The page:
Designer Liz Carroll creates an elegant retreat for a busy Wilmington doctor and outdoorsman
By William Irvine • Photographs by Rick Ricozzi
Dr. Michael Ott had a dilemma. A Wilmington E.R. doctor by day (and often by night), he wanted a place in his house — which he shares with his wife and two young daughters — where he could retreat during the off-hours that he needed to rest. And, oh yeah — it also had to have room for a large black bear, some deer heads, and many other woodland and sea creatures, which were certainly not part of his wife’s decorating wish-list. “We looked at a bunch of different houses, but we wanted a place where I could go and bring my dead animals, which are not welcome in other parts of the house,” he says with a grin. What to do?
Enter Liz Carroll, a Wilmington decorator with a clear vision of how to create a stylish solution. “It’s really a man cave with a place for serious napping. He has a lot of scheduled late shifts and night shifts and needed a place with peace and quiet,” she says. But it also needed to have some civilized style.
The Ott house is situated deep in the woods off Greenville Loop Road; farther down the unpaved lane you can catch a glimpse of the marsh that leads out to Hewletts Creek and the Intracoastal Waterway. The area is known to have been a Civil War encampment — neighbors with metal detectors have found many Confederate uniform buttons and belt buckles.
Builder David James completed the house in 2010, and not long after that the Otts and Carroll found each other. “We have had a lot of fun going through the house, decorating room by room,” says Carroll, who has been working with the couple since 2012. “This room was specifically built for Mike because of his crazy hours; it has a separate staircase so he does not have to disturb the family if he comes home at 5 in the morning.”
And it would be hard to imagine a more pleasant place to crash. An elegant seating area with upholstered wing chairs in soothing grays and whites surrounds a dark wood coffee table and overlooks a big-screen TV. The sleeping alcove dominates the end of the room; an arched rod with curtains follows the line of the built-in shelves, which hold smaller trophies; the curtains are closed when it’s naptime. The interior wood lining the sleeping area has a distinctive patina. “It’s old heart pinewood from the bottom of the Cape Fear River,” says Carroll. “Really great-looking.” An oval window above has retractable wooden shutters that can be closed to block outside light for sleeping. A custom-made antler chandelier hangs overhead. The opposite side of the room features a wet bar and a handsome mahogany bar cabinet with drop-front liquor storage and a wine rack below.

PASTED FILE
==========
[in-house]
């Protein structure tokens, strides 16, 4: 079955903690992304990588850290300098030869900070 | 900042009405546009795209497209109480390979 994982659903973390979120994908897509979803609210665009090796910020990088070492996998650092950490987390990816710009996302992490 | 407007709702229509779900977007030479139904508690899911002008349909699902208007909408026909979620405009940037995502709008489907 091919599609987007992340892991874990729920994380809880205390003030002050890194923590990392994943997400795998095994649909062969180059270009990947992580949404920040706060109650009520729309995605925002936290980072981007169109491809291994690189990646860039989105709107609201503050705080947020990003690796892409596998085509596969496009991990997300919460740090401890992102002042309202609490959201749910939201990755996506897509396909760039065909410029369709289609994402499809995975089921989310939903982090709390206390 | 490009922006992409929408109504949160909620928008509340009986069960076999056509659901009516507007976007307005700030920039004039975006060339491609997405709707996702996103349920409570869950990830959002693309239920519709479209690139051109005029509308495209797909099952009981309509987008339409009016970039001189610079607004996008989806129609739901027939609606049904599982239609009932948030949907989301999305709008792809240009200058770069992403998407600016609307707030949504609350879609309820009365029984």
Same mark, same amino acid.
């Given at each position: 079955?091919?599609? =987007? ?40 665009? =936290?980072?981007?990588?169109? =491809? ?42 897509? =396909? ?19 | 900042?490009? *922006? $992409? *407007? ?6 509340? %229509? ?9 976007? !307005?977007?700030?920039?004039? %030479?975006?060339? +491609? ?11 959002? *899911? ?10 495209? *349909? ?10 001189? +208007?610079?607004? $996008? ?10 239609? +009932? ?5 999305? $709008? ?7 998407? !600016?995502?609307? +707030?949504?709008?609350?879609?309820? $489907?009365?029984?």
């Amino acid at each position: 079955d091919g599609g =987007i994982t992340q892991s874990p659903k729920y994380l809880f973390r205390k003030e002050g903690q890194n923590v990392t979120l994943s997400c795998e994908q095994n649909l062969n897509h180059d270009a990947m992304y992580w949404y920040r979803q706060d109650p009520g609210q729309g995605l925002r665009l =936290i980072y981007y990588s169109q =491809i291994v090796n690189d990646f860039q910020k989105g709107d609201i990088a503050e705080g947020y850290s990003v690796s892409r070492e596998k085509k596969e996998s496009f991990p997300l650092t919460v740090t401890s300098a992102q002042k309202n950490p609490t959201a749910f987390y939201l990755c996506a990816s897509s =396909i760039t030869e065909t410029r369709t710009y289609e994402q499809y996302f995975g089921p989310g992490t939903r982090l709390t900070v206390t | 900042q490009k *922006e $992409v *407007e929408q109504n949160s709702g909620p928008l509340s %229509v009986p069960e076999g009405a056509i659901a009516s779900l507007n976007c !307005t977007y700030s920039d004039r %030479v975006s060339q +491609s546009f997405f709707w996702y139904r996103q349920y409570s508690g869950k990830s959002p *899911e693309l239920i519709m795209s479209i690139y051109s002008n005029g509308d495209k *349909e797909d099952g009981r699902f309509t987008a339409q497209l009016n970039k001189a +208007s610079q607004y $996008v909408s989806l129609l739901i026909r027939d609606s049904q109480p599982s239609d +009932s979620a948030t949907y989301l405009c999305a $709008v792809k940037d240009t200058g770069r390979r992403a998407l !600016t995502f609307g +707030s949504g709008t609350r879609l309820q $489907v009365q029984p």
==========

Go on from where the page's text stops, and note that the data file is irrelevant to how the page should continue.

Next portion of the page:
And then there are the trophies. Michael Ott has been an outdoorsman since he started using a bow and arrow at age 7 in the land behind his house in Morristown, a small town on the St. Lawrence River in upstate New York. And the man cave reveals a history of his sporting life: “And there’s nothing is this room that I didn’t eat — except for the coyote,” he confesses. His preferred method of hunting is still the bow and arrow.
The dominant trophy presence in the room is a large black bear: “I named him Fred Bear in honor of the legendary bow hunter. I came face-to-face with him at close range on a trail in Pender County near Holly Shelter,” he says. Five deer trophies line the upper walls and are also mounted on slabs of beautiful dense heart pine from the Cape Fear. There is also a bobcat caught in Pender County and a wood duck from Lenoir County. Over the sleeping alcove is a big wahoo, caught in Wilmington; other locally caught fish include a mahi and a hog snapper: “The best-tasting fish in the ocean,” Ott says. You can tell from his unbridled enthusiasm that this is a place he likes to be. And his daughters do, too. “His two little girls love to come up and spend some Daddy time with him here,” says Carroll. “We have made it a special place.”